Gear Review: Is the GoPro HERO3 Camera Right for You?
How Do You Work This Thing? A Non-Techie’s Struggle With (and Conquest of) the GoPro HERO3 Black Edition
The bad news? I realized just how non-techie I am when I got the GoPro HERO3 Black Edition.
The good news? You don’t have to be super tech savvy to take incredible photos and video with the GoPro HERO3.
I literally squealed with excitement when I saw the package from GoPro at my front door. Images of the GoPro HERO3 promotional video flashed through my mind–riding a wave like Kelly Slater, dropping a massive waterfall in a kayak, mountain biking the total gnar-gnar.
And then I opened the package.
Frustration. Dumbfoundedness. Confusion. All at once. I was leaving for the Galapagos Islands the following week on a sailing multi-sport adventure, and I was clueless as to how to work this tiny box of a gadget. I had plans for future photo pitches to National Geographic and YouTube videos with millions of views. Instead, I sat at my kitchen table, struggling to simply turn the GoPro on.
Panic mode set in, but my first snorkel out in the islands taught me this: The beauty of the HERO3 GoPro is that you don’t have to be a techie to take stunning video and photos. You just need to do some reading. And run through the settings five thousand times. You will take more of what I call, “oops self portraits,” than you’d care to admit, but you will figure it out (I promise). Here’s my very own “oops self portrait.”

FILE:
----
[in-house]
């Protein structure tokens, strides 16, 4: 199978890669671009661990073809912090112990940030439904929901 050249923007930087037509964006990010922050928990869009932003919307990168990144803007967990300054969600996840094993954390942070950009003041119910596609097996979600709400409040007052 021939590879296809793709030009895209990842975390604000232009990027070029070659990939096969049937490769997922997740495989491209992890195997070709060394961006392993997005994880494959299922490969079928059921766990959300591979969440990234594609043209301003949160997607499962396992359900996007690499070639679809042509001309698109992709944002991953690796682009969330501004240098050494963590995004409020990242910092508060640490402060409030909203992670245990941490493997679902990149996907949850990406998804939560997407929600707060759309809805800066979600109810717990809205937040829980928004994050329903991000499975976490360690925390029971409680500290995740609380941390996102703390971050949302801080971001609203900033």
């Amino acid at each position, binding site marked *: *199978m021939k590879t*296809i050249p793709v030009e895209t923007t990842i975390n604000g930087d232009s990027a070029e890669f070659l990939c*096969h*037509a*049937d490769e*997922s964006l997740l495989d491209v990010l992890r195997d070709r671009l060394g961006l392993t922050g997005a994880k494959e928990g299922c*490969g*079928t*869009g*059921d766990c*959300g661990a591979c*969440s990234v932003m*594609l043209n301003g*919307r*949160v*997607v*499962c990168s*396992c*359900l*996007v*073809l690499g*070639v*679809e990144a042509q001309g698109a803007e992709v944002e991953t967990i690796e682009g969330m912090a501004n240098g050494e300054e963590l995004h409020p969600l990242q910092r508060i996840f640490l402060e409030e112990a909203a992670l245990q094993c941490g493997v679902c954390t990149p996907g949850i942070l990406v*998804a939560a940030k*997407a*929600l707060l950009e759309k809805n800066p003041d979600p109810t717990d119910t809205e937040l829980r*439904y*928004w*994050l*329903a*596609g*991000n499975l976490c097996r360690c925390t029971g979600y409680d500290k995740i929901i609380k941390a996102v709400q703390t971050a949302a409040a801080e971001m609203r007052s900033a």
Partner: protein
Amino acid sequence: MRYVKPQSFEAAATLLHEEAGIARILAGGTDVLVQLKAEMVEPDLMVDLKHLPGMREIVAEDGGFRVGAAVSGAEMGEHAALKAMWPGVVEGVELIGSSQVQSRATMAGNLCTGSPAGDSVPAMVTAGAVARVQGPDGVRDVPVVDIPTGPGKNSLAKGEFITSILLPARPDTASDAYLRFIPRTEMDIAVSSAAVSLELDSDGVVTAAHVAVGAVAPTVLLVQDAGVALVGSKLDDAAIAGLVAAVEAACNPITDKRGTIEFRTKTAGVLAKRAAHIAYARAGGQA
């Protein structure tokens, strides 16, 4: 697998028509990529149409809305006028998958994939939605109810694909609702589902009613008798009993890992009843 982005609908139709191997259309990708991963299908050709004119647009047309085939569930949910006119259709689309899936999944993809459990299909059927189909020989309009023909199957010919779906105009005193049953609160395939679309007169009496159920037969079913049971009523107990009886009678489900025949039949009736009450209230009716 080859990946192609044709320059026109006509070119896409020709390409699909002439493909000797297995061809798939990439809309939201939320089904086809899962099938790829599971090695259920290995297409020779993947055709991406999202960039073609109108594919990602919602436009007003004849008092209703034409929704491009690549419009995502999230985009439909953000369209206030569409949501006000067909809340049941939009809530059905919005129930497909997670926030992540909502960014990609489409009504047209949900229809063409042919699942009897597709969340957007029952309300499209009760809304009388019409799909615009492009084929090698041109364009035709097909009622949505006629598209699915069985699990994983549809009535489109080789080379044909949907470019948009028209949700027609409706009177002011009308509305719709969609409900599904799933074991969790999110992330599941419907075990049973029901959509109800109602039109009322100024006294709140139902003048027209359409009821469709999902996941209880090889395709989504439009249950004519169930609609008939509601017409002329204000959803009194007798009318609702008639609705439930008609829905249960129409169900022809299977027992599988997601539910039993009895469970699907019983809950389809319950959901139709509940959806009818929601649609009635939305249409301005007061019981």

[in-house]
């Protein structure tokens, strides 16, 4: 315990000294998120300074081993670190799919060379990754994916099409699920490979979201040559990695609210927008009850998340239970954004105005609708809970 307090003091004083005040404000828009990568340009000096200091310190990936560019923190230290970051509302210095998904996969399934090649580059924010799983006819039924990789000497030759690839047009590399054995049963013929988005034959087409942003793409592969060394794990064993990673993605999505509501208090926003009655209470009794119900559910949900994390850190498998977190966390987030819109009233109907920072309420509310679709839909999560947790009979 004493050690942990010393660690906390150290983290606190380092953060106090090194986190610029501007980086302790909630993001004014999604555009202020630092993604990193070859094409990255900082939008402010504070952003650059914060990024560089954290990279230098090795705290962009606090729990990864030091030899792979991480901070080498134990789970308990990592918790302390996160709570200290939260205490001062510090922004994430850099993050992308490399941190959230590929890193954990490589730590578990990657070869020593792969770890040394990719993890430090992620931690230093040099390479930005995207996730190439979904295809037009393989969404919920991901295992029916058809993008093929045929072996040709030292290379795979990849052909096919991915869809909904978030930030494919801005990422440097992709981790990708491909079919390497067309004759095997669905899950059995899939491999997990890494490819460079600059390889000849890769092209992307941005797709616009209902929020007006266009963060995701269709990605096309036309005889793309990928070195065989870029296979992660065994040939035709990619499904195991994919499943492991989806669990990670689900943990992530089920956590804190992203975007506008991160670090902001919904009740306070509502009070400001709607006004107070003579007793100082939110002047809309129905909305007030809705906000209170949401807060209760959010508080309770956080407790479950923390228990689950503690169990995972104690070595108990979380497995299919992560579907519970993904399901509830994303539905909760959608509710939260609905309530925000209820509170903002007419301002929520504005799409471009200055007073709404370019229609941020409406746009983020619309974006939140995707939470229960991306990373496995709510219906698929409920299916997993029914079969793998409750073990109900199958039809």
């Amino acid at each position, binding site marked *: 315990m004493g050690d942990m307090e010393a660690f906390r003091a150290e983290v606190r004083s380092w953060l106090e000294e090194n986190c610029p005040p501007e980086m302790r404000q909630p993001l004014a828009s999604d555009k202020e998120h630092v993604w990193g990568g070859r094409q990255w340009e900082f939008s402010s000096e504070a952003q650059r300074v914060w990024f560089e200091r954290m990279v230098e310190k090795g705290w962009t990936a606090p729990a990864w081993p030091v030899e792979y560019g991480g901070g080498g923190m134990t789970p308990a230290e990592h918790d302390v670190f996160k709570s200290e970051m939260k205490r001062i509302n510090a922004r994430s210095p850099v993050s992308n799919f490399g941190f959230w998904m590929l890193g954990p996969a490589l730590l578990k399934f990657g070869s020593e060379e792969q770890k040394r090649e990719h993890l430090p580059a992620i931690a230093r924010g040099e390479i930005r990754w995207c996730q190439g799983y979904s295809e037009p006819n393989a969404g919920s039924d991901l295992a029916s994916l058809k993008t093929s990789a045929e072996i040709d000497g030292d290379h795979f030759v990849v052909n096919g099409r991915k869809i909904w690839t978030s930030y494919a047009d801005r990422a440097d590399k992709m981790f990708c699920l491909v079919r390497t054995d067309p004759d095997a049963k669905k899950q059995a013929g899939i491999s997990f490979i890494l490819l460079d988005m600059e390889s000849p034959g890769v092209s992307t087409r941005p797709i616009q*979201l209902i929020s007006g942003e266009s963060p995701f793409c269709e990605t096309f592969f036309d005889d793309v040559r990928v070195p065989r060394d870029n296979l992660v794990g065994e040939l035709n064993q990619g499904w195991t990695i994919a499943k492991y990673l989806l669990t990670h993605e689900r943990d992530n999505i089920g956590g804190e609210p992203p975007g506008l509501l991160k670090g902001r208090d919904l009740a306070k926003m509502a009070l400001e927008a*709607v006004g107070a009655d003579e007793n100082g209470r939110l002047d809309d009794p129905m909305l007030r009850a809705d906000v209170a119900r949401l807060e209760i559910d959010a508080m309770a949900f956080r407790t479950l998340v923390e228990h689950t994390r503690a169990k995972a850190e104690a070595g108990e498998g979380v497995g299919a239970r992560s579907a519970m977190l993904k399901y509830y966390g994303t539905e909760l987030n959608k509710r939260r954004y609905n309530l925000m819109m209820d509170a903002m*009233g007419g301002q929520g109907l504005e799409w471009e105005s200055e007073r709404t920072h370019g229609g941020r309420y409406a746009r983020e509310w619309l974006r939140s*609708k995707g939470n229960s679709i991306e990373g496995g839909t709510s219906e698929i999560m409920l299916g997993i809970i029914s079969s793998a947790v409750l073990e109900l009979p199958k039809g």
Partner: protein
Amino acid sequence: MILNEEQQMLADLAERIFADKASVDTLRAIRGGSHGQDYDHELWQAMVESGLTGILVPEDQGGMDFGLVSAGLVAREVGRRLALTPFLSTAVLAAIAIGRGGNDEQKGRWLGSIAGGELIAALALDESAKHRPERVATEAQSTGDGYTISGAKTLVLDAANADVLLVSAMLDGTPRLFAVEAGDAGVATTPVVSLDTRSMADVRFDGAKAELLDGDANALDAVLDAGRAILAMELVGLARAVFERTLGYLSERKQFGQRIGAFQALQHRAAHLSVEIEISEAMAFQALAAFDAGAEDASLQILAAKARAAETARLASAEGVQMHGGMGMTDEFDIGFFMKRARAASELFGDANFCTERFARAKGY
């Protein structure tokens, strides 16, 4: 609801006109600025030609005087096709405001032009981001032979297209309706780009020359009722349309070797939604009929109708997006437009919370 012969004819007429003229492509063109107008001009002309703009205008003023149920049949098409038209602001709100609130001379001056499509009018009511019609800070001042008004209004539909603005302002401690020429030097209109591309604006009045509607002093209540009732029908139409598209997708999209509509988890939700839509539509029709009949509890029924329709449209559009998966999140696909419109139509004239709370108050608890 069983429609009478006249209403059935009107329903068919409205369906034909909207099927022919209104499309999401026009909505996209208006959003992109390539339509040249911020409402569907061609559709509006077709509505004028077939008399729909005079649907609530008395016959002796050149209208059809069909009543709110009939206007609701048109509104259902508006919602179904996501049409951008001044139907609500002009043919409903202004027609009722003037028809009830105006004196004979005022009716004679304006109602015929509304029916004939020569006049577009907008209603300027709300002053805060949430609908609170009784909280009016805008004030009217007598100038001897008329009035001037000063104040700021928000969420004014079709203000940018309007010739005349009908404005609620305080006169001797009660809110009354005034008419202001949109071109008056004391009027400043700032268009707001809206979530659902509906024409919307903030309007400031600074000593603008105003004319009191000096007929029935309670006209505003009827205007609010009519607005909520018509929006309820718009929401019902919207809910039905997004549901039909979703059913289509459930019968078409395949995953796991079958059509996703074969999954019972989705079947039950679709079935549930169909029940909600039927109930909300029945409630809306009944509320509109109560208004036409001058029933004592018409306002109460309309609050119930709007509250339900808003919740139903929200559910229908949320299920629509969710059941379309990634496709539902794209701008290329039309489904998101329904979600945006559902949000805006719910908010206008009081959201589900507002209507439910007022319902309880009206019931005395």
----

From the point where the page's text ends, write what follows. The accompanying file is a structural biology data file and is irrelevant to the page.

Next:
The manual was a thorough starting point, but I found vast resources online that explained things in much more detail than I ever could have hoped (or wanted). It took some time to learn GoPro 101, but I was able to leave for the Galapagos with a basic foundation of how to operate the HERO3. And my shooting improved with every snorkel outing that I went on.
Where my fellow travelers only had photos of the desertlike, stark terrain on the islands, I captured the colorful, magical world below the water’s surface. I took the up-close-and-personal shots of the sea lion blowing bubbles in my face. I caught the marine iguana swimming past me to munch on some algae. I shot these photos. Me, the same person, who a week prior couldn’t even open the waterproof case.
The GoPro HERO3 allows a wide variety of settings (about 137 film settings alone according to Abe Kislevitz). Too many settings to describe here. In the most basic terms, you can take video (wide, medium or narrow field-of-view) and photos in one shot, photo burst or time-lapse mode (1 shot every .5, 1, 2, 5, 10, 20, or 30 seconds). Specifically for photos, I found the photo burst mode to be fantastic for underwater shots. In this mode, I could take 30 photos in 1 second (or 30/2 seconds, etc). I found this incredibly useful when photographing sea lions, as they move so quickly (and gracefully) in the water.
I’m no Justin Bailie or Tracy Barbutes, but I’m thrilled about how my photos and videos turned out. I’m looking forward to getting some whitewater action shots of the Chilko Chilcotin Fraser River and the Tatshenshini River in the next few months.
Gear Review: Waterproof Point-and-Shoot Cameras (by photographer Justin Bailie)